Turkey says 260,000 Syrians have returned following operation Euphrates Shield to oust Kurdish YPG forces and IS militants.
Hundreds of thousands of Syrians have returned to a northern swathe of land in the war-torn country where Turkish troops carried out operation Euphrates Shield.
Ankara said on Thursday some 260,000 Syrians refugees had returned to where troops had carried out a cross-border operation to clear US-backed Kurdish YPG forces and IS militants.
“As a result of the infrastructure work and security and stability in the region provided by the Turkish Armed Forces, around 260,000 Syrian nationals have returned to the Euphrates Shield Operation area,” Defence Minister Hulusi Akar said on Thursday.
Euphrates Shield began on August 24, 2016 and ended on March 29 the following year – particularly targeting the city of Al-Bab, large parts of which were destroyed in the three-month urban battle between Turkish-backed Syrian militiamen and IS.
Analyst Paul Iddon told The New Arab in September that Turkish efforts in the northern region, including training local police and security forces, many of which have pledged their allegiance to Turkey and President Recep Tayyip Erdogan, indicated Ankara plans to retain a significant presence and influence over the region indefinitely.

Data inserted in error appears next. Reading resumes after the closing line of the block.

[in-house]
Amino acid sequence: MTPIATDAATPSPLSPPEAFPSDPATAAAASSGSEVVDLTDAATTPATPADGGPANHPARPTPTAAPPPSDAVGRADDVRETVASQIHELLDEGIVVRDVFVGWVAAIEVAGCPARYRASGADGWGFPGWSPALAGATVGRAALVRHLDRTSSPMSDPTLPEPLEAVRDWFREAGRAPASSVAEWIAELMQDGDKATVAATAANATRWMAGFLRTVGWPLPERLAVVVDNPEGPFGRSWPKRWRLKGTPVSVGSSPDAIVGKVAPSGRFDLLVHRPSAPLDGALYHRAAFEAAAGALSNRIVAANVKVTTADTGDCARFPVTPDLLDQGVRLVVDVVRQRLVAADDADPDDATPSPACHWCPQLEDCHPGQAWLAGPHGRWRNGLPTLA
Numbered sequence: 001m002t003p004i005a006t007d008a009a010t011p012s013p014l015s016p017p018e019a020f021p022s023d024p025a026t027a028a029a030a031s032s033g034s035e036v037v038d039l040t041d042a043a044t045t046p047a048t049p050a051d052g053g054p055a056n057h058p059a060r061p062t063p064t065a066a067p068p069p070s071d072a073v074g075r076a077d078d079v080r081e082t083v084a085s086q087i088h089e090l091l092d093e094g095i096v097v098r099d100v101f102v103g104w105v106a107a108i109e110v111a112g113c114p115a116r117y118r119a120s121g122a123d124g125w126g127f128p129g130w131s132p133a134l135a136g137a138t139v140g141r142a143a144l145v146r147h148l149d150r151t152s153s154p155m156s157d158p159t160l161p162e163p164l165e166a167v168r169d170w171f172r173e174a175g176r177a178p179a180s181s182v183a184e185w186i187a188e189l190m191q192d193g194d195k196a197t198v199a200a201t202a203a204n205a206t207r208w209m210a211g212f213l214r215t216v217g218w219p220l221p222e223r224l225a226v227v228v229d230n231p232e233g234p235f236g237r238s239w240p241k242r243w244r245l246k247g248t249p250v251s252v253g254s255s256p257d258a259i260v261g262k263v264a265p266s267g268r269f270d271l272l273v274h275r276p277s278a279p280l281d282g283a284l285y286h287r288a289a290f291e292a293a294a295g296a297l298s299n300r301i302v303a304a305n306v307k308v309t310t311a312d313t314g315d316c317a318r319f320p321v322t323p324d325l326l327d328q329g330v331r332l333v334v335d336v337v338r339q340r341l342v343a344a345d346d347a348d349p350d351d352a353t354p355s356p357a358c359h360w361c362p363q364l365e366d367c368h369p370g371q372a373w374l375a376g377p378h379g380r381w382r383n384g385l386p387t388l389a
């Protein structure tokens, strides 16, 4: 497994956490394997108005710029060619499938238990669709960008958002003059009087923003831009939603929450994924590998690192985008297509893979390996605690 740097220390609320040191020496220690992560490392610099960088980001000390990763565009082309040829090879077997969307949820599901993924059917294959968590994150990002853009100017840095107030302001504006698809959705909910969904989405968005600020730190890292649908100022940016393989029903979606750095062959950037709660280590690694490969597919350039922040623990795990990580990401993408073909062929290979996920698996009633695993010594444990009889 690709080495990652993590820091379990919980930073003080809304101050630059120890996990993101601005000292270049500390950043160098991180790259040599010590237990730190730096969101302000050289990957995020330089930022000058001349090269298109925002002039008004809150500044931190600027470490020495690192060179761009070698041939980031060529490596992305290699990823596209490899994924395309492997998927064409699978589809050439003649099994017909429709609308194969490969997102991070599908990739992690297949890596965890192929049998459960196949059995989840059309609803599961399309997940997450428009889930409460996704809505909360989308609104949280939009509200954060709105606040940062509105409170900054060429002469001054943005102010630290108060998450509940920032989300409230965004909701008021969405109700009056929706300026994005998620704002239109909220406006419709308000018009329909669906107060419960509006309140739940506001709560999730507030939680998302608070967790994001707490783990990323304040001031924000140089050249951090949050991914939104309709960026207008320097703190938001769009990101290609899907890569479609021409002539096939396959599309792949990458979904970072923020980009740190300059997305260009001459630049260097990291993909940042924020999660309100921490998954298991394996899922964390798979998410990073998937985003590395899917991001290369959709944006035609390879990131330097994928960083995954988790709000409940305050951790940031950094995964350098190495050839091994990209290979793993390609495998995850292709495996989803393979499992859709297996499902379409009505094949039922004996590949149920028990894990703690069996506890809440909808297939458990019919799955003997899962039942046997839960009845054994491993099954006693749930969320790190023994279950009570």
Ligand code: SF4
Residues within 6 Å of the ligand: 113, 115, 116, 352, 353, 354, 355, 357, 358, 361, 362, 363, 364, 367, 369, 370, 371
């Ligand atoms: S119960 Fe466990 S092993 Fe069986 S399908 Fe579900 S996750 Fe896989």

Turkey is currently hosting more than 3.5 million Syrian refugees, which some Turks see as a burden on the country’s economy and infrastructure.
Akar also said Turkey’s presence in northern Iraq targeting the bases of Kurdistan Workers’ Party militants would continue until what he described as the terrorist threat to Turkish territory had ended.On Tuesday the Turkish military killed seven Kurdish militants in air strikes in northern Iraq, in response to reports they were preparing to launch an attack on regions were Turkish bases are located, according to a statement on Twitter.